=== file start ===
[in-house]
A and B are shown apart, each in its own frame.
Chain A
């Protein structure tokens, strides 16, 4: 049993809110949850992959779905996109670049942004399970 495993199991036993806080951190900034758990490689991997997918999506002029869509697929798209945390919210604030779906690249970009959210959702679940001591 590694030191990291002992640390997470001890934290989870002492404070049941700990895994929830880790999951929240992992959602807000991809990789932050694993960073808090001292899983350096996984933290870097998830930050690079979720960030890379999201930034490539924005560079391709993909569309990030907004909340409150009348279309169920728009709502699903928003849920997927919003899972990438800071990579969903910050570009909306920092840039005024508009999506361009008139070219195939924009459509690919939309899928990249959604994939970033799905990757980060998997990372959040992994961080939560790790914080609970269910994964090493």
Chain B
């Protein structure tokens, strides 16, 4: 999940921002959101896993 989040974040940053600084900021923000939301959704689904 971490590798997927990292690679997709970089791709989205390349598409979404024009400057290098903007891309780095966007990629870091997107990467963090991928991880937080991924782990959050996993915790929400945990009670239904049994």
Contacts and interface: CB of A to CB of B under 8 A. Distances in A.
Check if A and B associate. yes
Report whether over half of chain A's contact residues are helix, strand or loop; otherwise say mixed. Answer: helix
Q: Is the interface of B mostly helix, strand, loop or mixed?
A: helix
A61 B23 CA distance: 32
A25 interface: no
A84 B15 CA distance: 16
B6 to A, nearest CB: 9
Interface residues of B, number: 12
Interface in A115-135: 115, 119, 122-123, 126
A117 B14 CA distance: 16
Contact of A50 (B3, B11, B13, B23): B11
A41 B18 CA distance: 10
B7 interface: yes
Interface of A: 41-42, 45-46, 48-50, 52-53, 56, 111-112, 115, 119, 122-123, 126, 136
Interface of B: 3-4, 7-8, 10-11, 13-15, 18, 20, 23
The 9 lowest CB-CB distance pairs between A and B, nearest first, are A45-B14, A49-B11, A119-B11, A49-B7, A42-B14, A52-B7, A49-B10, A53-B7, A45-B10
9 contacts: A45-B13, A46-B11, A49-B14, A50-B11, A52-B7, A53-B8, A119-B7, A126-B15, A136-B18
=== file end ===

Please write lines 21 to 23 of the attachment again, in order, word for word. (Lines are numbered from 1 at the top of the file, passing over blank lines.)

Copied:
B7 interface: yes
Interface of A: 41-42, 45-46, 48-50, 52-53, 56, 111-112, 115, 119, 122-123, 126, 136
Interface of B: 3-4, 7-8, 10-11, 13-15, 18, 20, 23